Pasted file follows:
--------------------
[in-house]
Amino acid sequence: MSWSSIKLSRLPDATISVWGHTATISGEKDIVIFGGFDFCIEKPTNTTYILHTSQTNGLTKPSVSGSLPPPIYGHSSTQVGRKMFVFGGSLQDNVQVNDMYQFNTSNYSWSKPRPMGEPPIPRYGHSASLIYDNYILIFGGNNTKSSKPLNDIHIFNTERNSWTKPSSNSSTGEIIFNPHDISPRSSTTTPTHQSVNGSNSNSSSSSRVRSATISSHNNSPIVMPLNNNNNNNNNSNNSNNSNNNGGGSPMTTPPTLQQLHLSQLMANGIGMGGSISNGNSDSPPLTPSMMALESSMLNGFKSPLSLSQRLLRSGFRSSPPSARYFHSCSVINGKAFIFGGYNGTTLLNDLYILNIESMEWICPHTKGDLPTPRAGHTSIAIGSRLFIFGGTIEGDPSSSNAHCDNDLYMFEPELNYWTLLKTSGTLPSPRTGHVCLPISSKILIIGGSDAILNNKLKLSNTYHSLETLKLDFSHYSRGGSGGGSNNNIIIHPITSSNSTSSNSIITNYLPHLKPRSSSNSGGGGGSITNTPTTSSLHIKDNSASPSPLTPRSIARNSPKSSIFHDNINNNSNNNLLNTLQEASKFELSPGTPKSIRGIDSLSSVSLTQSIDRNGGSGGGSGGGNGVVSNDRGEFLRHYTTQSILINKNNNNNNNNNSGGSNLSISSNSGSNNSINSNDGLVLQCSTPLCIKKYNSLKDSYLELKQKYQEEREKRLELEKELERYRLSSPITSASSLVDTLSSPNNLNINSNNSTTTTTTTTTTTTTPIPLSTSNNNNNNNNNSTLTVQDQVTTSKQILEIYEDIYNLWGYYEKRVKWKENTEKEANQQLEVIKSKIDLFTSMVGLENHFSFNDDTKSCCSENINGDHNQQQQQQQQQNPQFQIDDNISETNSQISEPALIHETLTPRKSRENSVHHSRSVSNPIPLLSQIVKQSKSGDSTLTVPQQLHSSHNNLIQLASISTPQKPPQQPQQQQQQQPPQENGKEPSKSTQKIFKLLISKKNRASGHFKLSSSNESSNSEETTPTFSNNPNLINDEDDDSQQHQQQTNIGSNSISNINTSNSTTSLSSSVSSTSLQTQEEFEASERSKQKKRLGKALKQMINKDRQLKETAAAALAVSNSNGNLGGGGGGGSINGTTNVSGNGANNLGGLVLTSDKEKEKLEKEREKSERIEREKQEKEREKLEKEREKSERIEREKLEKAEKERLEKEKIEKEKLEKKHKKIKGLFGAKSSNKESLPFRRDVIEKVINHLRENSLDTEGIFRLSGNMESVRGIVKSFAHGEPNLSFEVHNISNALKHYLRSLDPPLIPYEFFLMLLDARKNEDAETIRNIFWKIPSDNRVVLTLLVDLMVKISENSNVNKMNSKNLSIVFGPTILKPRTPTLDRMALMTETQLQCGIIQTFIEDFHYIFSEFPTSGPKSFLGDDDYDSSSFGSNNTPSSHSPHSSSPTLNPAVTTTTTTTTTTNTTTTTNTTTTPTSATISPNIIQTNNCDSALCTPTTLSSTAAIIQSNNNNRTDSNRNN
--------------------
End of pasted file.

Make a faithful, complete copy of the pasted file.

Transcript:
[in-house]
Amino acid sequence: MSWSSIKLSRLPDATISVWGHTATISGEKDIVIFGGFDFCIEKPTNTTYILHTSQTNGLTKPSVSGSLPPPIYGHSSTQVGRKMFVFGGSLQDNVQVNDMYQFNTSNYSWSKPRPMGEPPIPRYGHSASLIYDNYILIFGGNNTKSSKPLNDIHIFNTERNSWTKPSSNSSTGEIIFNPHDISPRSSTTTPTHQSVNGSNSNSSSSSRVRSATISSHNNSPIVMPLNNNNNNNNNSNNSNNSNNNGGGSPMTTPPTLQQLHLSQLMANGIGMGGSISNGNSDSPPLTPSMMALESSMLNGFKSPLSLSQRLLRSGFRSSPPSARYFHSCSVINGKAFIFGGYNGTTLLNDLYILNIESMEWICPHTKGDLPTPRAGHTSIAIGSRLFIFGGTIEGDPSSSNAHCDNDLYMFEPELNYWTLLKTSGTLPSPRTGHVCLPISSKILIIGGSDAILNNKLKLSNTYHSLETLKLDFSHYSRGGSGGGSNNNIIIHPITSSNSTSSNSIITNYLPHLKPRSSSNSGGGGGSITNTPTTSSLHIKDNSASPSPLTPRSIARNSPKSSIFHDNINNNSNNNLLNTLQEASKFELSPGTPKSIRGIDSLSSVSLTQSIDRNGGSGGGSGGGNGVVSNDRGEFLRHYTTQSILINKNNNNNNNNNSGGSNLSISSNSGSNNSINSNDGLVLQCSTPLCIKKYNSLKDSYLELKQKYQEEREKRLELEKELERYRLSSPITSASSLVDTLSSPNNLNINSNNSTTTTTTTTTTTTTPIPLSTSNNNNNNNNNSTLTVQDQVTTSKQILEIYEDIYNLWGYYEKRVKWKENTEKEANQQLEVIKSKIDLFTSMVGLENHFSFNDDTKSCCSENINGDHNQQQQQQQQQNPQFQIDDNISETNSQISEPALIHETLTPRKSRENSVHHSRSVSNPIPLLSQIVKQSKSGDSTLTVPQQLHSSHNNLIQLASISTPQKPPQQPQQQQQQQPPQENGKEPSKSTQKIFKLLISKKNRASGHFKLSSSNESSNSEETTPTFSNNPNLINDEDDDSQQHQQQTNIGSNSISNINTSNSTTSLSSSVSSTSLQTQEEFEASERSKQKKRLGKALKQMINKDRQLKETAAAALAVSNSNGNLGGGGGGGSINGTTNVSGNGANNLGGLVLTSDKEKEKLEKEREKSERIEREKQEKEREKLEKEREKSERIEREKLEKAEKERLEKEKIEKEKLEKKHKKIKGLFGAKSSNKESLPFRRDVIEKVINHLRENSLDTEGIFRLSGNMESVRGIVKSFAHGEPNLSFEVHNISNALKHYLRSLDPPLIPYEFFLMLLDARKNEDAETIRNIFWKIPSDNRVVLTLLVDLMVKISENSNVNKMNSKNLSIVFGPTILKPRTPTLDRMALMTETQLQCGIIQTFIEDFHYIFSEFPTSGPKSFLGDDDYDSSSFGSNNTPSSHSPHSSSPTLNPAVTTTTTTTTTTNTTTTTNTTTTPTSATISPNIIQTNNCDSALCTPTTLSSTAAIIQSNNNNRTDSNRNN